Social media enables airlines to connect with, and market to, their customers in a way that is far more personalised and targeted than any of the more traditional communication channels.

The flipside to this is that social media networks such as Twitter and Facebook enable dissatisfied passengers to instantaneously name and shame perpetrator airlines in front of a global audience.

It is crucial, therefore, that airlines get their social media strategies right and take full advantage of the plus sides of engaging through such channels.

"What I love about airlines using social media is that, prior to social media, if you had a poor experience with an airline your options were to write a letter, which would go into the abyss. Today, you can have a real-time conversation that is visible to the public," says Devin Liddell, principal brand strategist at design consultancy Teague.

Rather than seeing such open communication as a threat, however, airlines can harness social media to form closer relationships with existing and potential customers, and to spread awareness of their brands through the use of a range of quirky campaigns unique to these channels.

One carrier doing just that is Air New Zealand, which has garnered almost 73,000 followers on Twitter and 92,000 followers on Facebook through its "Air NZ Fairy" campaign. Followers are invited to post wishes either through the wishing app on Air NZ Fairy's Facebook page or on the Air NZ Twitter page by using the hashtag #WishMeQuick and tagging @AirNZFairy.

"The Fairy receives thousands of wishes every year and grants at least one wish a week, which can range from Air New Zealand sweets, lounge passes, Airpoints, tickets to sporting events and more," says Air New Zealand head of global brand development Jodi Williams. "Something as simple as a giveaway of Air New Zealand sweets can see the Fairy trend online, which is fantastic brand exposure for our airline."

In addition to enabling the airline to spread brand awareness and collect personal customer data – one of the conditions listed is that wish-makers "acknowledge that the promoter will collect details from you and your Facebook and Twitter profiles" – the Fairy campaign is "a way for us to give a little something back to our customers", says Williams.

She adds: "In a fast-evolving, technology-driven world, we know that our customers are also constantly evolving when it comes to how they access information, so a strong and active social media presence is key. It allows customers to engage with the brand through content and sharing, learn about new products and services, and also to gather information and support when it comes to customer queries."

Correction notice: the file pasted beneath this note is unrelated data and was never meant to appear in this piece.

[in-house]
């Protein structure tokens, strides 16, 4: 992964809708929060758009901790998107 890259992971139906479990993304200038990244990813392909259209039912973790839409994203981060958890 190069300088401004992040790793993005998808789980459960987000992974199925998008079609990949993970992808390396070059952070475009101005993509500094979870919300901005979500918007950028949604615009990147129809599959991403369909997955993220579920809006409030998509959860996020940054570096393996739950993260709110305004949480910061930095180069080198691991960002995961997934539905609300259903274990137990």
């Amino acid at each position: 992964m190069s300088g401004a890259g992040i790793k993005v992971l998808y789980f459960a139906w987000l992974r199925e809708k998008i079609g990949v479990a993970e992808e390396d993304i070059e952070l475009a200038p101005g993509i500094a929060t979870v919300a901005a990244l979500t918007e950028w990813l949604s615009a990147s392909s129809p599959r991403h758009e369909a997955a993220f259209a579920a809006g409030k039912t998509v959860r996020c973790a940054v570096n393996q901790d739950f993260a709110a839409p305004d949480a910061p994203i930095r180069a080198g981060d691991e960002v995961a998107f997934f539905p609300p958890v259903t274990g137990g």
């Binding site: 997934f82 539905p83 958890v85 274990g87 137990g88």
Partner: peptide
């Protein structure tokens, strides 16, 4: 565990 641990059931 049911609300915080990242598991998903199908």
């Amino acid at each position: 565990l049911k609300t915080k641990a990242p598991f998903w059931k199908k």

Another airline that has embraced social media from an early stage is Canada's WestJet, which has built up a Twitter following of almost half a million people. "Social media for us is an extension of our brand," says WestJet manager of public relations Robert Palmer. "The voice you read on our social media feeds is something people are accustomed to when they fly with us. It's the same voice you get from our flight attendants, or 'WestJetters' – that's what we call our staff.

"We use it to engage with guests in a way we couldn't before. Social media is very much on a one-on-one basis, so before you could call or email us and now, with social media, everything's instantaneous."

What's more, WestJet has monetised its use of social media to create a valuable extra revenue stream. "You most definitely can make money on social media," says Palmer. "We make millions of dollars on social media every year." WestJet holds frequent seat-sale promotions that are exclusive to its social media channels so that, for example, "on Thursdays, a bunch of fares are only available on Facebook".

KLM also has a strong social media presence and has used these channels in the past to surprise passengers at the airport with personalised gifts targeted to their hobbies and interests – valuable information which the airline is able to access through social networking sites. "Social offers are an excellent opportunity to surprise passengers or fans, based on all the info that people place on social [media] themselves," says KLM social media manager Karlijn Vogel.

KLM has also recently branched into the online gaming industry as another way of gathering information on, and engaging with, passengers. "This offers an opportunity to look at people from a totally different angle, as gaming data shows us a completely different group of people," says Vogel. "Combining social, KLM and gaming data might offer new opportunities."

From the perspective of a branding expert, using social media to get to know their customers better can only be a positive thing for airlines. Says Teague's Liddell: "Airlines trying to understand individual flyers personally is awesome."

Source: Airline Business